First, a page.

Hachette’s parent company, the French media conglomerate Lagardère, released their mid-year financial report today. They did not release specific details on Lagardère Publishing’s performance in US, UK, France, and other markets, but we do know that revenues for the publishing division including US Hachette Book Group were down 14 million euros, to 903 million euros.
US ebook sales dropped to 29% of US trade revenues in the first half of 2014, down from 34% in the first half of last year. In comparison, UK ebook sales reached 36% of net sales in adult trade vs. 31% last year. As a whole ebooks accounted for 11.3% of Lagardère Publishing’s total net sales, the same as in the first half of 2013.
The drop in US ebook sales may be due to the ongoing contract dispute between Amazon and Hachette, but Lagardère was not willing to come out and say so. According to Lagardère co-director Dominique D’Hinnin the decline in US ebook sales was “maybe” the result of the contract dispute. The Bookseller reports that he added that it was “hard to tell – probably a little bit, but very hard to assess”.
D’Hinnin reportedtly went on to add that negotiations with Amazon remain ongoing and there is “no deadline”.
Amazon has been in the middle of a very public and very messy contract dispute with Hachette Book Group, Lagardère’s US sub, since May 2014. According to what Amazon has said, the situation came about as a result of Hachette allowing the contract to lapse before beginning to negotiate a new one. Amazon has reduced their stockpile of Hachette titles, allowing many to go out of stock before ordering new copies. Amazon has also removed some services which they would say they are not obligated to provide under a contract which they don’t have, including pre-order buttons and price discounts.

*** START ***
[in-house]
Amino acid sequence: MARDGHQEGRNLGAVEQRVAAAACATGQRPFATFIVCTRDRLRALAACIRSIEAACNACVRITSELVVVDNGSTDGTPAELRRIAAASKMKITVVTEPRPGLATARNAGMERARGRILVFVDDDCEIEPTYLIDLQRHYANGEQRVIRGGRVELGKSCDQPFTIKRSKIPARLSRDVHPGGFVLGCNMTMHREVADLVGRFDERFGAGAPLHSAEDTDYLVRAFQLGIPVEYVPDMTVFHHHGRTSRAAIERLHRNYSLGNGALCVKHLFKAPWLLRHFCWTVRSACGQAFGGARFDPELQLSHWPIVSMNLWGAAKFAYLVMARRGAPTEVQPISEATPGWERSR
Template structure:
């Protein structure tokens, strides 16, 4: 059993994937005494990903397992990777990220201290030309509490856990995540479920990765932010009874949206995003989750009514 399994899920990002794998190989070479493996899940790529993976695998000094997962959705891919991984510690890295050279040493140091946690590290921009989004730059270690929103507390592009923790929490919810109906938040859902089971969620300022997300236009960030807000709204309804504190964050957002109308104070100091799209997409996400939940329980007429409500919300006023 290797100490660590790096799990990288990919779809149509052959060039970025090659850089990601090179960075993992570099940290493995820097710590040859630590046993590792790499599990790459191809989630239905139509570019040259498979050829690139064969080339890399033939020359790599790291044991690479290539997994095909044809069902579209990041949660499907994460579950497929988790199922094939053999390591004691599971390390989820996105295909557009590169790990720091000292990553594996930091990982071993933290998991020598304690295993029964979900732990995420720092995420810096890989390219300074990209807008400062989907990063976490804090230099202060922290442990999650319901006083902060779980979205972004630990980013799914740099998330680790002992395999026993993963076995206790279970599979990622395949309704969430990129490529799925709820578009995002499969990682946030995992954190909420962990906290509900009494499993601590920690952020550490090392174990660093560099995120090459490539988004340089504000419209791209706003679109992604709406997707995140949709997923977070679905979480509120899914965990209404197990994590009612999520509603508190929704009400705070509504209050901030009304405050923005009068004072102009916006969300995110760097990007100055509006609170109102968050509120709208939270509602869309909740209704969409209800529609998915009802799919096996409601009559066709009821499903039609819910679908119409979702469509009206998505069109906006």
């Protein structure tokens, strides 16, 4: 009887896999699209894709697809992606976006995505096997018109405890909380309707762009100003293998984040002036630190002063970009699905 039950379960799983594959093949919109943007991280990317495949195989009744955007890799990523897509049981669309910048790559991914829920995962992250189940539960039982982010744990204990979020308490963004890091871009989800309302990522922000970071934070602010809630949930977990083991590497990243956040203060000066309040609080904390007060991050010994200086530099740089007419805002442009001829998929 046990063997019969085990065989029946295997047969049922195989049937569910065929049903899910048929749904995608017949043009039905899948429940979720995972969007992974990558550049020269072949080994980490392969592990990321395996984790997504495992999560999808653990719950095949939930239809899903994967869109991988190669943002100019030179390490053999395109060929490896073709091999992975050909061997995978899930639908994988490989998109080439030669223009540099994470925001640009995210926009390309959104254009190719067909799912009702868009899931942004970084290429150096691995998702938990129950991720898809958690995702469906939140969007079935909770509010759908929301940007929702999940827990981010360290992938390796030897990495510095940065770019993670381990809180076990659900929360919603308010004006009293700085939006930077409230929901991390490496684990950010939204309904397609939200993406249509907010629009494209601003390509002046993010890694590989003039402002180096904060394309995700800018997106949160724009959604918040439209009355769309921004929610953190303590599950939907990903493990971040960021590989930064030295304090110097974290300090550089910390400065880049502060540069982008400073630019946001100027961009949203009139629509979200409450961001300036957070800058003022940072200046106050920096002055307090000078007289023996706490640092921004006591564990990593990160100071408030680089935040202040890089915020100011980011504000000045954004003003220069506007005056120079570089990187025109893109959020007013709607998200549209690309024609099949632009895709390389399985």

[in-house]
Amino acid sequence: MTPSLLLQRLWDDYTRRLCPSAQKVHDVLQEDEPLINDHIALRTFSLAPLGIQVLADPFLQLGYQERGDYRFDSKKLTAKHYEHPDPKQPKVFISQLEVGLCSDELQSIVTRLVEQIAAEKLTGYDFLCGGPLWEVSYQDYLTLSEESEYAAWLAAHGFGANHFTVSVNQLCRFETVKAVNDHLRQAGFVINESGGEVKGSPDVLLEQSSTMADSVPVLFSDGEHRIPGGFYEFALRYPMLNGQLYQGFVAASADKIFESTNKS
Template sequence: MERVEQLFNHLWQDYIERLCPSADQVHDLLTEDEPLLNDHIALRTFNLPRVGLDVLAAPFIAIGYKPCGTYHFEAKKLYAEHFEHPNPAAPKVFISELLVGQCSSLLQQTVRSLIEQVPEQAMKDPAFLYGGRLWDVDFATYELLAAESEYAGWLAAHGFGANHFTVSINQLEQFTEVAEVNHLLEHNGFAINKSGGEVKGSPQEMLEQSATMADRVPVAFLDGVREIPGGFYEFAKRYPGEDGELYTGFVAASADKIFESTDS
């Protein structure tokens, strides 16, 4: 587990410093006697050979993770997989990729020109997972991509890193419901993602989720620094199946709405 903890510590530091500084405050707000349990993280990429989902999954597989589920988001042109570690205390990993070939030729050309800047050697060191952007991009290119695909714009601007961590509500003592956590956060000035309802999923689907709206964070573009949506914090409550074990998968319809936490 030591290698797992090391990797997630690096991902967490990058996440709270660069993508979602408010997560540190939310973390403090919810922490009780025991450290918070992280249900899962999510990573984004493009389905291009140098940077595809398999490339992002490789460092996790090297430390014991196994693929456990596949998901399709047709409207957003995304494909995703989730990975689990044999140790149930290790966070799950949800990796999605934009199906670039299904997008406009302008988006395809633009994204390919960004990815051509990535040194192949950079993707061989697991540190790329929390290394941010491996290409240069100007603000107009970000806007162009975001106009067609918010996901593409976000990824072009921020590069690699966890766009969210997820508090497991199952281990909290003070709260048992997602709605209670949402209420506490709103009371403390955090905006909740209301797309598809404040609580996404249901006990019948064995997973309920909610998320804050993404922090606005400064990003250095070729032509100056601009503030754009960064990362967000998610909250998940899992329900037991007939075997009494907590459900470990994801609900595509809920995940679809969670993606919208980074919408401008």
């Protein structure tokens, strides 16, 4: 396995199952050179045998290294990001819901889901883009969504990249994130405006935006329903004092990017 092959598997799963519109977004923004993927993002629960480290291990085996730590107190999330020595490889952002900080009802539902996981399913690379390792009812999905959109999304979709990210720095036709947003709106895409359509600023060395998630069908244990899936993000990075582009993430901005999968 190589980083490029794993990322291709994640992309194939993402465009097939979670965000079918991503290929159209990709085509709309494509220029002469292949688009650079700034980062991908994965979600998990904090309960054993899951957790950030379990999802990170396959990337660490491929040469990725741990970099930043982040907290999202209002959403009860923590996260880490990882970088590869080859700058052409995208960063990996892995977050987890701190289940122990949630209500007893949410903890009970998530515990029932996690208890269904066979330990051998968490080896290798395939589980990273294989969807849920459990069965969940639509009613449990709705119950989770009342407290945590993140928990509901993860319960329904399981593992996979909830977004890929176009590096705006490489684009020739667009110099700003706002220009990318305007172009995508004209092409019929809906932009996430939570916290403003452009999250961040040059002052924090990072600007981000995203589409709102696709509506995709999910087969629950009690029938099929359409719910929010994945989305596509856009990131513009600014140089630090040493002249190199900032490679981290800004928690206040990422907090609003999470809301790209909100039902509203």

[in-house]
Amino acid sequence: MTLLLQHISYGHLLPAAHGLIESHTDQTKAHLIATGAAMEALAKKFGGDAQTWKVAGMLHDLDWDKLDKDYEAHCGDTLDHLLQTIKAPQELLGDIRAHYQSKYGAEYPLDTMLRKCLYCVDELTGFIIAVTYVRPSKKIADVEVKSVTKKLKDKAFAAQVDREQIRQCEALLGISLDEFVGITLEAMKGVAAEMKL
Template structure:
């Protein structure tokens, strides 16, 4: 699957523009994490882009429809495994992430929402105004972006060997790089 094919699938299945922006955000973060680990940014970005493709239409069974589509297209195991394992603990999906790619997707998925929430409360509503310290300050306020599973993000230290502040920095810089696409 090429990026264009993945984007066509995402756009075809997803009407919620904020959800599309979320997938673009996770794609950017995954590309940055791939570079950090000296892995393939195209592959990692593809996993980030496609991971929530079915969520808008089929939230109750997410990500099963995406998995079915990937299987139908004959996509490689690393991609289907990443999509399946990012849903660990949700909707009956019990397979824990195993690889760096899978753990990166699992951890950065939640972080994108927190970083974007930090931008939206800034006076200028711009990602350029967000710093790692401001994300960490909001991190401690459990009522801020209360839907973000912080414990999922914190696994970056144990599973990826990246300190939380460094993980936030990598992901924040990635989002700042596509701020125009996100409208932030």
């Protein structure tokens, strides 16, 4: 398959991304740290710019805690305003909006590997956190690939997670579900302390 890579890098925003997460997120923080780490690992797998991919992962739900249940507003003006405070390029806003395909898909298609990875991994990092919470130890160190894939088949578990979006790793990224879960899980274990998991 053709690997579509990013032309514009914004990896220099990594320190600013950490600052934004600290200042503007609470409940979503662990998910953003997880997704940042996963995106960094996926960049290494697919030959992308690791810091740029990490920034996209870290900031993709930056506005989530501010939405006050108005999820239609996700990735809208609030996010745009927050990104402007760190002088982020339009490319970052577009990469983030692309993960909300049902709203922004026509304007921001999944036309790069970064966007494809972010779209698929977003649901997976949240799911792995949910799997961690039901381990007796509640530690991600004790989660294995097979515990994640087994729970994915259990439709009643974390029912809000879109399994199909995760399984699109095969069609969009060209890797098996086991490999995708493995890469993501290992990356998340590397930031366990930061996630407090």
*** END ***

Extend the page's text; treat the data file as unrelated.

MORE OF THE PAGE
I cannot confirm that the contract dispute has caused a drop in revenues at Hachette; Lagardère says revenues were actually up 5.6% thanks to “the Hyperion acquisition and the takeover of Disney’s distribution activity”.
But without that acquisition, Lagardère would probably be reporting a loss due to the contract dispute. And yet, they don’t see a reason to resolve the dispute.
As outsiders we don’t know why this negotiation drags on but as the months turn to quarters it’s time to ask whether one side or the other is deliberately delaying talks, and why.
image by Ben+Sam